He perception that the suffering, bias, hate and abuse that emerged from war was more the reality than the glorified beliefs about what the outcome would bring. It reminded me of the dream like propaganda that is being waged by populist, national movements today. They as well seem to be ignorant of the suffering and destructiveness that seems to be more the reality.

Some thought this Greek author to be pessimistic in his thinking, not embracing the advancements and progress that would unfold from such a war and not realizing the need for it to pursue national security and greatness. It’s understandable that some would perceive nationalistic emotions in such a positive light as they often do today. Others recognized that the author was not pessimistic, in a conventional use of the word. It was a more insightful perception that he was able to bring and by delving deep into the suffering that was inevitably a part of war, he was able to envision more humane and progressive possibilities and that ultimately this all arose from what seemed to be his being “resigned to impermanence”.

It seems that even in modern times, that to contemplate life and death beyond our conditioned notions can be interpreted as a pessimistic endeavour. People more often prefer to select what are considered to be more fixed, familiar, learned ideals that have authoritative cultural origins.

Could it be that this way of perceiving is limited; that what is often overlooked is the possibility of experiencing a sense of liberation in opening up to more creative and direct ways of experiencing existence that fixed and closed ways of thinking do not enable. Something more authentic of our being arises from a more expansive contemplation of life and death and things in between that go beyond the limitations of culturally conditioned notions that have been handed down to us.

In my own experience a more expansive and ineffable realization of impermanence is part of a contemplative life that takes one beyond a more conventionally defined and conditioned perception of reality. What arises from the awareness and embracing of impermanence, although ineffable, closer to truth than our fixed ideals ever bring us.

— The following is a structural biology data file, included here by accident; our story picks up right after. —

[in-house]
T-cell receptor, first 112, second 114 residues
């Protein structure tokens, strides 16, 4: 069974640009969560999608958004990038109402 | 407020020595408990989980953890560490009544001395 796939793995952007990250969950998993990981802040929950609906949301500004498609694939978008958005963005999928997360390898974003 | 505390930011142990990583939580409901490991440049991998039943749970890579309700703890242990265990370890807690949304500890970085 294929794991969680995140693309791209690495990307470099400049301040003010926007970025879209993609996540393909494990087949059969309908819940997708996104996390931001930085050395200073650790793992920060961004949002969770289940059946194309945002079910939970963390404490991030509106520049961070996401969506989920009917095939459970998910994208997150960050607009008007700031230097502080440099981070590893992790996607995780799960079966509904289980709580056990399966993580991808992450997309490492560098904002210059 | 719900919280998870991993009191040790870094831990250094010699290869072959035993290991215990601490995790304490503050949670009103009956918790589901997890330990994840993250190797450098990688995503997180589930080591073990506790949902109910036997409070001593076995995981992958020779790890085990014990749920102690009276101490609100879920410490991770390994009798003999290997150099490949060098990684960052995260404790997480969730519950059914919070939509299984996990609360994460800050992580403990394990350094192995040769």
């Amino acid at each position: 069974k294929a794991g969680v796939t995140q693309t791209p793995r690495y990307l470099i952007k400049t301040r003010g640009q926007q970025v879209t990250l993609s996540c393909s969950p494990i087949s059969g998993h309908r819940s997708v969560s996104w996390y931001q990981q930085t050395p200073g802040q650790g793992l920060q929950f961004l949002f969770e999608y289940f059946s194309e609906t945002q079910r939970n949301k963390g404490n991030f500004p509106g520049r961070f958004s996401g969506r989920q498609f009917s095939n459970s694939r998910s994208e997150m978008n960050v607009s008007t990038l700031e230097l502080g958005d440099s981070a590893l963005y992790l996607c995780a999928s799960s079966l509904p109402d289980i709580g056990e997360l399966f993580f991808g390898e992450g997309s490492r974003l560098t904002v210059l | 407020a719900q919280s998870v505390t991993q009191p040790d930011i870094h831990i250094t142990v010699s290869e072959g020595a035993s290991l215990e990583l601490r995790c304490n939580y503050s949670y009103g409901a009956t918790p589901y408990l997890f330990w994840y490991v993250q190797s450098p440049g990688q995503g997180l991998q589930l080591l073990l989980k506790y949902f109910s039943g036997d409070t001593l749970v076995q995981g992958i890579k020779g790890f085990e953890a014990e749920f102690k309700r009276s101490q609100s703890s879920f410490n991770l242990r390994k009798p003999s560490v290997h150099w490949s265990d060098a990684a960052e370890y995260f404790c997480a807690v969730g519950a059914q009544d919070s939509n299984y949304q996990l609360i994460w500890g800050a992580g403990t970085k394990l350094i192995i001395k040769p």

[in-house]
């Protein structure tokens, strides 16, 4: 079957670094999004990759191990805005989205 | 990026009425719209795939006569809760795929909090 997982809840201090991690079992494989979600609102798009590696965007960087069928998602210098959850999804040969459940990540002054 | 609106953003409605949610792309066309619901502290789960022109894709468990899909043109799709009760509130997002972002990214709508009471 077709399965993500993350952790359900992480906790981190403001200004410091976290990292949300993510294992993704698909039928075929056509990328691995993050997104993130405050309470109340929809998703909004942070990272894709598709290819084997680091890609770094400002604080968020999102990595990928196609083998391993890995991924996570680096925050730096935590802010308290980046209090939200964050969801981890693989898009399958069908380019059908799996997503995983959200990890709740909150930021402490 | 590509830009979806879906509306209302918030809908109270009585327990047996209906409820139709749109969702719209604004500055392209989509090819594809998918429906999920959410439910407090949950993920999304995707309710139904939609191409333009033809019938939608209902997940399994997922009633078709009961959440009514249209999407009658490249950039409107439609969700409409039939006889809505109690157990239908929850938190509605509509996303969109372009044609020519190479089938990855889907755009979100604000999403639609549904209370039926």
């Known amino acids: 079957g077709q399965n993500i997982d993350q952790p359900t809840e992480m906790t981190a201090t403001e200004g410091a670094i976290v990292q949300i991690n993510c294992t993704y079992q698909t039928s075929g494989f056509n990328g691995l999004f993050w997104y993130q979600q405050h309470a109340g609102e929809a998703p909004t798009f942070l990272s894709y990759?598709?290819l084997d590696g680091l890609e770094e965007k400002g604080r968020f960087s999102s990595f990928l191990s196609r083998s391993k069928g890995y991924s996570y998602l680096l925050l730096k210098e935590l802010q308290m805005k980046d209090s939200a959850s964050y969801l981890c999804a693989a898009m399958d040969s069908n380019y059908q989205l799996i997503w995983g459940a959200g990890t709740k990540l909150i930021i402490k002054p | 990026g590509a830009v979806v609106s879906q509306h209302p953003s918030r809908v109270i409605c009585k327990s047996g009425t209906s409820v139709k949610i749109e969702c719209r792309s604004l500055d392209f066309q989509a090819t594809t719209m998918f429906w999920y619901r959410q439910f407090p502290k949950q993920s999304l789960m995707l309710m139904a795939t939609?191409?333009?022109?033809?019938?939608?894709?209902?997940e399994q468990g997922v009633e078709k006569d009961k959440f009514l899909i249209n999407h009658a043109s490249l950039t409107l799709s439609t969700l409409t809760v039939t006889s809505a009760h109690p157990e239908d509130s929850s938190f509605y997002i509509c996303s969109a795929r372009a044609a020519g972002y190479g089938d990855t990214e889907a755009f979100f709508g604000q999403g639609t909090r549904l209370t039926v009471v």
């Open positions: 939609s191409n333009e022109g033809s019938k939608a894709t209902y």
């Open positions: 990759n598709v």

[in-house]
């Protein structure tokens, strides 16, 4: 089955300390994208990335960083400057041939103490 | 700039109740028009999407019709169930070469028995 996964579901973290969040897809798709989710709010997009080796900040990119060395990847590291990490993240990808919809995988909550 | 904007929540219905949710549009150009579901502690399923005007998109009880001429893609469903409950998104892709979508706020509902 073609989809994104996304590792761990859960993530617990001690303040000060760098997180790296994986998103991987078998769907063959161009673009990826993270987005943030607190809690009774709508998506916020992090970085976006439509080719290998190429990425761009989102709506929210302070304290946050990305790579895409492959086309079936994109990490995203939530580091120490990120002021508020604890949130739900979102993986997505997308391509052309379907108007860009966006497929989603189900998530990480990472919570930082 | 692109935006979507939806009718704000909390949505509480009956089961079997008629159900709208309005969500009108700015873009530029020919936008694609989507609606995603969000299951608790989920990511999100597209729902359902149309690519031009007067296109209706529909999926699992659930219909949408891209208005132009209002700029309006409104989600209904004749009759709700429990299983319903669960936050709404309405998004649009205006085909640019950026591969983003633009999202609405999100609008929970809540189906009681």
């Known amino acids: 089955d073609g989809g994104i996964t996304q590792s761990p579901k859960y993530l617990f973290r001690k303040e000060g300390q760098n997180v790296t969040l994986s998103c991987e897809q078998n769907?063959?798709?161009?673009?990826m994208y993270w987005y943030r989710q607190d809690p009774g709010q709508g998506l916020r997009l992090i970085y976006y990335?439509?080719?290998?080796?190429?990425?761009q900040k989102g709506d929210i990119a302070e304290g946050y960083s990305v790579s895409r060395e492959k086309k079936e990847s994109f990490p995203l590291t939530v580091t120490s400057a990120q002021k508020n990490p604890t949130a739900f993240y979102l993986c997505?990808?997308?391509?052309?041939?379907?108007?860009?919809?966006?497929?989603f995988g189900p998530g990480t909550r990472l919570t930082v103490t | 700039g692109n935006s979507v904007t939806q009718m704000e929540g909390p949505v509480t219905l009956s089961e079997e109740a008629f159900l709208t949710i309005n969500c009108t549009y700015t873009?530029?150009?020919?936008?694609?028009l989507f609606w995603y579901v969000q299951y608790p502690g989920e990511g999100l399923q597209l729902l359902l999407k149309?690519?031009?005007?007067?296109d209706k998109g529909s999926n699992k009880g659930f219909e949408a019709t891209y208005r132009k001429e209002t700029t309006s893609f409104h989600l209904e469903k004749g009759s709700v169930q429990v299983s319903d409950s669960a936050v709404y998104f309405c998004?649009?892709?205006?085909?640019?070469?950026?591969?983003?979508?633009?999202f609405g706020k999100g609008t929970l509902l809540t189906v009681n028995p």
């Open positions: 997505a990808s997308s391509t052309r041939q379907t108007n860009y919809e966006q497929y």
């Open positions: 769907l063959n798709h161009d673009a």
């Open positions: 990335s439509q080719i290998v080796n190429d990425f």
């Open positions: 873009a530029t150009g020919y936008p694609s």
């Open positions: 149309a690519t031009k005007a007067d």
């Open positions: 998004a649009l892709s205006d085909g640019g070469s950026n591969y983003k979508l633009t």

Words and Experience

I encountered these reflections today in my reading of a Richard Rorty book, “Philosophy and Social Hope”. He wrote that “there is no inescapable truth which either metaphysicians or pragmatists are trying to evade or capture, for any candidate for truth can be escaped by a suitable choice of description and can be underwritten by another such choice.”
I wonder sometimes why I read philosophy and spiritual discourses. It seems that, as others suggest, it is often an overly intellectual and irrelevant discourse. Anything can be rationalized with skillful use of words; however, I realize that for me putting words together can have a similar effect as painting or other forms of creative indulgence. It can at times touch a place within of intimate, creative and passionate connection with life, my own unspoken origins and story.

When I describe my experience of “essence” I am referring to a deeper quality of awareness, than I have been conventionally taught to verbalize or even to realize. There are so many poets and artists that have adeptly captured this in unique, wonderful ways. I need not delve into it at this time.

There is a sense of increased awareness of a fluctuating flow of energy and peacefulness lurking at times behind all my conditioned actions. I think that this deepening of awareness and emerging realization of “essence” or “ being” might be at the heart of our human philosophical and religious origins and quests. I am doubtful about the possibility of being able to represent this experience in words or to discover it through dogma, although the process of “inquiry” seems to be most beneficial in this realization. There is something, as well, in the the experience and the sharing and expression of that for me. A key focus being to remain grounded in the experience and not to be seduced by the attempted representation of it. It seems to me that if we are not aware of the limitations of language we can find ourselves becoming side tracked. As the “Zen” adepts say, “it is a finger pointing to the moon.”

The Words of Poetry

I am content enough in my aloneness. I have no need to distract or to divert from it or to seek to remedy the sense of loneliness that at times may arise. I turn to what I am beyond words and look to do away with all conventional meanings of why and how because these ineffable revelations realized in silence are the source of what is meaningful.

It is partly in the conventional use of language—the construction of abstract words, concepts and the meanings, that we assign to them, that we come to rely on something other than direct experience to know life. There are, on the other hand, the words of the poet, the ideas of a poem not being those that occur to the poet before he writes his poem, but rather those that appear in his work afterward, whether by design or by accident. Content stems from form, and not vice versa. Every form produces its own idea, its own vision of the world. Form has meaning; and, what is more, in the realm of art only form possesses meaning. The meaning of a poem does not lie in what the poet wanted to say, but in what the poem actually conveys.